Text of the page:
BofA’s CEO says the biggest recession risk is the fear of recession
Bank of America Chief Executive Brian Moynihan said this week’s bond-market turmoil has been driven by issues outside the U.S., and that recession risks are low in the country as consumer spending remains strong.
“We have nothing to fear about a recession right now except for the fear of recession,” Moynihan said in a Bloomberg Television interview Friday.
Bond markets have been signaling rising recession risks, with a closely watched portion of the Treasury yield curve inverting this week for the first time since 2007. Questions about the state of the economy and trade tensions have put pressure on bank stocks this month, with the KBW Bank Index falling 12% since the end of July through Thursday.
Yields on U.S. Treasurys have been dropping, with the benchmark 10-year Treasury falling below 1.5% on Thursday for the first time since August 2016.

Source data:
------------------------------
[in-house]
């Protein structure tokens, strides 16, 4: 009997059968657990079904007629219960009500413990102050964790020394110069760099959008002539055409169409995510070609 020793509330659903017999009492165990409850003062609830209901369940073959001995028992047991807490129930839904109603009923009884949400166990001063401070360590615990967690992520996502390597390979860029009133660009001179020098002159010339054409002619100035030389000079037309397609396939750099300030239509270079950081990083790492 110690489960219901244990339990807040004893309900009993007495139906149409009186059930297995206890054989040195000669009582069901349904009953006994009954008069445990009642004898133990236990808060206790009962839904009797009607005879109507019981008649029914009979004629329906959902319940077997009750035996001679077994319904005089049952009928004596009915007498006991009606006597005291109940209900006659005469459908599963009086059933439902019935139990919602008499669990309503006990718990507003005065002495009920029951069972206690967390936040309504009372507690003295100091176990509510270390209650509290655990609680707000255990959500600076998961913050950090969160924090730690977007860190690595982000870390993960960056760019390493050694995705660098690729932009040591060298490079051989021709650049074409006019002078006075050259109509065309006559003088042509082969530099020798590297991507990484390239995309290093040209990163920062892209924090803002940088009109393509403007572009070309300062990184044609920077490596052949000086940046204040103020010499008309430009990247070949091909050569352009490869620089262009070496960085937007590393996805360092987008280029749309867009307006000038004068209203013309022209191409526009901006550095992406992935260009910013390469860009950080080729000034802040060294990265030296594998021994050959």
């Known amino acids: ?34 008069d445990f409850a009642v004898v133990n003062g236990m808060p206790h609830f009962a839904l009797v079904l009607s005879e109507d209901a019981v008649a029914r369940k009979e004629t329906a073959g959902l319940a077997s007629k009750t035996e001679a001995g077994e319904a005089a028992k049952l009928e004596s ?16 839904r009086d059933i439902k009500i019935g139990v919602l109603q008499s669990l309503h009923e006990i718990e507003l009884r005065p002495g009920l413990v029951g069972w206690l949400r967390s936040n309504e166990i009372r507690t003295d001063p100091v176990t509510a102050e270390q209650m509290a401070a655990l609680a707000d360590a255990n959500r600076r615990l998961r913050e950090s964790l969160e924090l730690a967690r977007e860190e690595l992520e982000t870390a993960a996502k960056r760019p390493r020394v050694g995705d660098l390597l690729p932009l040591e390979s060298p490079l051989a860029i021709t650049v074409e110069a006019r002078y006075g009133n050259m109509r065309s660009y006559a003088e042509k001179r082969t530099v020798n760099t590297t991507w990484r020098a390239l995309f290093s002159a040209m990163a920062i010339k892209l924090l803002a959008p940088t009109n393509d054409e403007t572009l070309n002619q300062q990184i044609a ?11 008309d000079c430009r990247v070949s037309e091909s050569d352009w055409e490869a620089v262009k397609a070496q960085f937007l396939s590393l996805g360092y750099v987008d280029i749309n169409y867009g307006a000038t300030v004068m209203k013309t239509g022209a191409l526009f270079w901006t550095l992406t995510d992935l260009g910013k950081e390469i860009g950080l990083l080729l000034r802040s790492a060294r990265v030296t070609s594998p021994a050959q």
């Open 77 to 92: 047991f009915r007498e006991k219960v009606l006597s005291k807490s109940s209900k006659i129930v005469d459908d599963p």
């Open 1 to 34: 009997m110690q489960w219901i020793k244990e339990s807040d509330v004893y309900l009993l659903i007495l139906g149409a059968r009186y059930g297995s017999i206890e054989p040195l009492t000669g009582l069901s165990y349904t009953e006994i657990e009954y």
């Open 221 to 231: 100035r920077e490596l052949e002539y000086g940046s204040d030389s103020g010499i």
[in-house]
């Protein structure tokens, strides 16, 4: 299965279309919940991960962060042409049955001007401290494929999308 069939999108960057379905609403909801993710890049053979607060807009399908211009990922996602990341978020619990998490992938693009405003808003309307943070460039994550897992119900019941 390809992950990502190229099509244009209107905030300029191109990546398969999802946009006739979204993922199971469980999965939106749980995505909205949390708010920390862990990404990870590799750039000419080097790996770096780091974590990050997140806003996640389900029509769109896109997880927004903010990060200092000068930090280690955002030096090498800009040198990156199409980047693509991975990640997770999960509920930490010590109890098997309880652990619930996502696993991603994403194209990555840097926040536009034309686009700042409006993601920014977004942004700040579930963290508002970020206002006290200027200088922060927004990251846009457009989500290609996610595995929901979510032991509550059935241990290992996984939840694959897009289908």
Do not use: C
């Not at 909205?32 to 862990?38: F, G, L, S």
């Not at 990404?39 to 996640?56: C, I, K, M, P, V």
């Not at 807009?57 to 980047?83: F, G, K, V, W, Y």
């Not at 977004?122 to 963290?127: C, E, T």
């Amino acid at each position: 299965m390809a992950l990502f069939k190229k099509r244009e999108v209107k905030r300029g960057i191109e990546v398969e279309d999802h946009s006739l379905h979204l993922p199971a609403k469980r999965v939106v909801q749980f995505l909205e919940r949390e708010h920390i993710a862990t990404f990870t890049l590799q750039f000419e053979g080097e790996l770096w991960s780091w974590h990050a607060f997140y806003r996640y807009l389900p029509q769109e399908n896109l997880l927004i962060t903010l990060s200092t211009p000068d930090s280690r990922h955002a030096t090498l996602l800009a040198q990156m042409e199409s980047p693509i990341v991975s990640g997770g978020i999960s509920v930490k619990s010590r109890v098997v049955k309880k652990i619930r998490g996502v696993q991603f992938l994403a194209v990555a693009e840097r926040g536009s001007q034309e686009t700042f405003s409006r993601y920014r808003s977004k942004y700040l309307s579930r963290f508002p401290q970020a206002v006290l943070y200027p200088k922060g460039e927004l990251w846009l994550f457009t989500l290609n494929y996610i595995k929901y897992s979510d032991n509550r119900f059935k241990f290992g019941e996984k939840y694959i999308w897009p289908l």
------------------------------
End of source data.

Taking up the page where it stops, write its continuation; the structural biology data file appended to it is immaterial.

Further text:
Moynihan attributed the issues to slowing economic growth in Europe and China and businesses having to rework their supply chains to deal with the threat of increased tariffs.
“If you look around the world, there hasn’t been a lot of great news lately,” he said.
Bank of America’s customers spent $1.9 trillion this year through Aug. 12, an increase of 5.9% from the same period in 2018 — a sign that the economy, driven by the consumer, remains strong, Moynihan said. Delinquencies remain tempered amid low unemployment and rising wages, he said.
“The average worker is working, getting paid more” and that “translates into good credit performance on the consumer side,” Moynihan said. “The real risk for the U.S. economy is if the consumer slows down.”